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What’s the Difference: Quartz Movement vs. Automatic

There are two different types of watch movements: quartz or mechanical. “Movement” refers to the engine that runs the watch. Mechanical movement includes both self-winding and manual-winding, but when we talk about “automatic” we’re referring to self-winding. 

So what is the difference between quartz movement watches and automatic movement watches? Don’t they both operate without the need for winding? Is there a reason to choose one over the other--and if there is, how do I choose?

We’ll look at how each watch works and help you decide which is right for you.

What is Quartz Movement

Quartz movement is the standard movement for many watches. The vast majority of watches currently made have quartz movements They have been around since the late 1960s and although they started life as extremely expensive, technology has advanced with these watches to make them very affordable, which is why there are so many of them.

Quartz watches are powered by a battery. The battery sends a signal to a tiny piece of quartz crystal in the watch’s circuitry. Why quartz? Because when electricity is sent through it, quartz oscillates on a very specific frequency: 32,728 times per second. This constant oscillation is what the watches use to keep time. Quartz can be used in either digital or analog watches and is considered very reliable--they only need to have the battery replaced every few years. 

What is Automatic Movement?

All clocks and watches used to be mechanical, but the innovation of the self-winding (automatic movement) watch is a more modern invention. 

Basically, the watch winds itself by the movement of your wrist. These watches are made up of hundreds of tiny parts which are very sensitive to movement, and when you wear the watch in just your day-to-day life, the movements you make--whether it’s swinging your arm while you walk, or rotate your wrist as you turn a steering wheel, or move your hand while you eat--all cause an internal weight inside the watch to rotate and transfer energy to a power reserve.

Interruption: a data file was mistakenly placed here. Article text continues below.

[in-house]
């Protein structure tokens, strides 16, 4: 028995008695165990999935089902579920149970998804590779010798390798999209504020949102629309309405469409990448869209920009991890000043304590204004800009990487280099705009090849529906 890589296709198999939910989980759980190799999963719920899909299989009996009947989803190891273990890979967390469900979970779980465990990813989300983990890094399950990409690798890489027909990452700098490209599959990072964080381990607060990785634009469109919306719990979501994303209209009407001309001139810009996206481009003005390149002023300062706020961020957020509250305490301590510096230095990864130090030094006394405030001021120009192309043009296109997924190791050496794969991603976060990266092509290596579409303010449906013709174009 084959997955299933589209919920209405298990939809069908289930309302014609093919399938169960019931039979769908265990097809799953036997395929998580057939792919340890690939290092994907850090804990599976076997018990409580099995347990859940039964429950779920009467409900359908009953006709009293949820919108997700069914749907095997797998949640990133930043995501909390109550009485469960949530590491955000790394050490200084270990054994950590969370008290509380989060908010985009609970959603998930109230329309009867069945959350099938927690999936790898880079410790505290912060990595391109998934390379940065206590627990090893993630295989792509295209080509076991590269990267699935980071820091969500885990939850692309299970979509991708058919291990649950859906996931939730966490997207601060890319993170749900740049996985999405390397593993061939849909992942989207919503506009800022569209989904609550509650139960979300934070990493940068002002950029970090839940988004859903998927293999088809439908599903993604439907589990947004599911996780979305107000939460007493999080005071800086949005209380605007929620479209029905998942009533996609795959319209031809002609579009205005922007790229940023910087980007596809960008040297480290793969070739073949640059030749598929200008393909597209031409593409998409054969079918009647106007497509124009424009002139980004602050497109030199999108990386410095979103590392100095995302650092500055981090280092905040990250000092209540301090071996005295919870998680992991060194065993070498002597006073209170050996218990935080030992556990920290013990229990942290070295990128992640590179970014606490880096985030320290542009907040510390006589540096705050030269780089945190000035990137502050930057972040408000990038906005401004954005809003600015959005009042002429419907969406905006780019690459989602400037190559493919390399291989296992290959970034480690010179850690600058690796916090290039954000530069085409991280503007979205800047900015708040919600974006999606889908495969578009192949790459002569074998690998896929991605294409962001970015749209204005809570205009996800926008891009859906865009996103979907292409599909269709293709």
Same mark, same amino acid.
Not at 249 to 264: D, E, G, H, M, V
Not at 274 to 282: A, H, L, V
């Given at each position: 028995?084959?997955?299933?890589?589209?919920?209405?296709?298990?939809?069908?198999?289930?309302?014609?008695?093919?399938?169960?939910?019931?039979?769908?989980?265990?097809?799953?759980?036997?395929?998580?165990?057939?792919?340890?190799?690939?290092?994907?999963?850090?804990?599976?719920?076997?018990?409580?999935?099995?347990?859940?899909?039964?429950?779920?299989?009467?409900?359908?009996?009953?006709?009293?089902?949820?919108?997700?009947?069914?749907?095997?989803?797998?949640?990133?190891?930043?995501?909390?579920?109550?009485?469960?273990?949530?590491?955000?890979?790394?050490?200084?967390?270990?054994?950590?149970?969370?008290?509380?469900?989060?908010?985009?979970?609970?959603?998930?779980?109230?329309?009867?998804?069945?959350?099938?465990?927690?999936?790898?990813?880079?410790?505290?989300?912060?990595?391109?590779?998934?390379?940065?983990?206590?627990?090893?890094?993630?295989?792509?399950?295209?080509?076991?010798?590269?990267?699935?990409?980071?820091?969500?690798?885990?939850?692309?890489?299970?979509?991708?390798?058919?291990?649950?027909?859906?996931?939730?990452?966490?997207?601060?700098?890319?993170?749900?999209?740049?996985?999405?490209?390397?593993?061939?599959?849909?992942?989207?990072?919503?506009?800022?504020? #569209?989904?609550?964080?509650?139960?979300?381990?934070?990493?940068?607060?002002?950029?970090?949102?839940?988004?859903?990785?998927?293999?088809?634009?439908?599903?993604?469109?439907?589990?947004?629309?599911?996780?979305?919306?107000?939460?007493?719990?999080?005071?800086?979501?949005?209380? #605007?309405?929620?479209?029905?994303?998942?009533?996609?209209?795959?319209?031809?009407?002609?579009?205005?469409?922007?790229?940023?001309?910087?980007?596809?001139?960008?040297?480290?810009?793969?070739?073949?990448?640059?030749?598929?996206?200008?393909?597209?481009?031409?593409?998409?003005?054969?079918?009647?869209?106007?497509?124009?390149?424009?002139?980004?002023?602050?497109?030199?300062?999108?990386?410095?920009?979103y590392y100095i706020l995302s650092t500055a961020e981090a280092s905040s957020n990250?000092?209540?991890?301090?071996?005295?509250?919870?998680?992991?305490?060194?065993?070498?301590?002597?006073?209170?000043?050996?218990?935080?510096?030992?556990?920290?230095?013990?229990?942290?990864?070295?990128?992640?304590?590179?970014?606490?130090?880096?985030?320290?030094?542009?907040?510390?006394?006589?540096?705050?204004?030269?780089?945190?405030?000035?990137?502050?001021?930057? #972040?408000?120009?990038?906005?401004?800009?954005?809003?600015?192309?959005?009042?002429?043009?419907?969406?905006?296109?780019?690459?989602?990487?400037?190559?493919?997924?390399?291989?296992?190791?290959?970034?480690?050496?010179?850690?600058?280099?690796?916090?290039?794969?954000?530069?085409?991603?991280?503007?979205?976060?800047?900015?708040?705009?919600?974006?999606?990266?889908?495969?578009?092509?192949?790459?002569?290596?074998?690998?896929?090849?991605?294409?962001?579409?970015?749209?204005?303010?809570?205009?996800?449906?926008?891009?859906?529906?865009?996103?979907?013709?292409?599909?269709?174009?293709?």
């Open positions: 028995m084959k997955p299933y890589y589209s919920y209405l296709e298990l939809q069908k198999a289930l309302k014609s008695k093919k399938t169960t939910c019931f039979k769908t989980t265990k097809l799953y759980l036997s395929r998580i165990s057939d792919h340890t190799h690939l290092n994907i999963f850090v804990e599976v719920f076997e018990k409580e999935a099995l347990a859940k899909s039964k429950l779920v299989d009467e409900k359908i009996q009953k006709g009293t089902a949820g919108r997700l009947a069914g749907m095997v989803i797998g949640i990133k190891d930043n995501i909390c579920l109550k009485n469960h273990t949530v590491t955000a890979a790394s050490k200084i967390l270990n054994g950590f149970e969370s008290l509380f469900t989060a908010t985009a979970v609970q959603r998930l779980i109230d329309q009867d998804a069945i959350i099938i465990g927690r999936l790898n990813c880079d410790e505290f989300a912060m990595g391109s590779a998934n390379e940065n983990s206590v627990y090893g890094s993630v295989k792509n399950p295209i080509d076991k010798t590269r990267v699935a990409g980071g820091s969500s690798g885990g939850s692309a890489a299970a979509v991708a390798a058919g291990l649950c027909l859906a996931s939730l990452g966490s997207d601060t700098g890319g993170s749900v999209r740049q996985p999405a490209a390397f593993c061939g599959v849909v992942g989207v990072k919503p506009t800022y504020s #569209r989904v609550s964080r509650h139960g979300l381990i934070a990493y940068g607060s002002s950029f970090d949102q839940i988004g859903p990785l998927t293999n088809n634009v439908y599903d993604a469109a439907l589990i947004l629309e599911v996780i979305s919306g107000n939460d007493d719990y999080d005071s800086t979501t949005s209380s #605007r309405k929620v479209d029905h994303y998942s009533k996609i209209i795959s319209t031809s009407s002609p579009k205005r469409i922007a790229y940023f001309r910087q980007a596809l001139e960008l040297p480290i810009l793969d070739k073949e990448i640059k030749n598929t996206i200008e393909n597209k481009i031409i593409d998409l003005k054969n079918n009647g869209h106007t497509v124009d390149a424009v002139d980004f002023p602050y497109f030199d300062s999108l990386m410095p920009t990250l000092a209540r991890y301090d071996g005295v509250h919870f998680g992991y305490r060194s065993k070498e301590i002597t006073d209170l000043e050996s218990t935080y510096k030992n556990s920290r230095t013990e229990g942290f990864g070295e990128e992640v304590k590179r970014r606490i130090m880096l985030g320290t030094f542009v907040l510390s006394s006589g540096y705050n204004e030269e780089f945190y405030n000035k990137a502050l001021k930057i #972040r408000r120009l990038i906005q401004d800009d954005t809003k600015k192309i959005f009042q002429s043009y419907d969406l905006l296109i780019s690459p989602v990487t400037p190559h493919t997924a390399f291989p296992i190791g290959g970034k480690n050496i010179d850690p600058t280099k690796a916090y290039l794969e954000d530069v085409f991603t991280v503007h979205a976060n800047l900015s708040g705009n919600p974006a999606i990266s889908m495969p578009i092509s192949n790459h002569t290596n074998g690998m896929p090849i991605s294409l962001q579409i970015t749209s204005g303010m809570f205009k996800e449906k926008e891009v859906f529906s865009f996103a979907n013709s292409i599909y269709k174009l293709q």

As long as you wear the watch consistently, it will always remain “charged”. (An automatic watch has a power reserve of a little less than two days on average.)

Because of all the tiny parts and intricate and complex design, these watches are more rare and expensive than quartz movement watches.

How Do I Know What’s Right For Me?

Choosing the right watch for you is all about what you find important. Quartz is definitely a cheaper option, because it’s easier to make. It also is extremely reliable--more accurate than an automatic watch when looked at over long periods of time. 

They also require very little maintenance, other than changing a battery every few years (automatic watches require a little maintenance every few years as well, but that maintenance needs to be done at a watch shop and is a little more intensive.)

On the other hand, automatic movements are prestigious, partially because they’re more rare but also because they’re such complicated machines. Aesthetically, these watches are often more interesting to look at--some have clear backs that let you see the movement inside, and there is also some interest to be found in the sweeping motion of the second hand. (In a quartz watch, the second hand ticks once per second, while an automatic watch glides along seamlessly.) 

But automatic watches are also the watches worn by connoisseurs and aficionados who care about the internal movements, history, and mechanics of watch in the same way that a clothes horse cares about their sartorial choices, or the way a car enthusiast cares about what’s under the hood of their car. 

Make no mistake: quartz watches are not bargain-basement watches. The technology is considered very advanced, and the best quartz watches are in any watch collector’s repertoire. On the other hand, it’s rare to find an automatic movement watch that sells for less than $500. 

Ultimately, when choosing a watch, you’ll want to make your decision based on aesthetics, durability, design, accuracy, price, and the need for maintenance. Regardless of what you choose, you can end up with a work of art that also functions as a daily tool.

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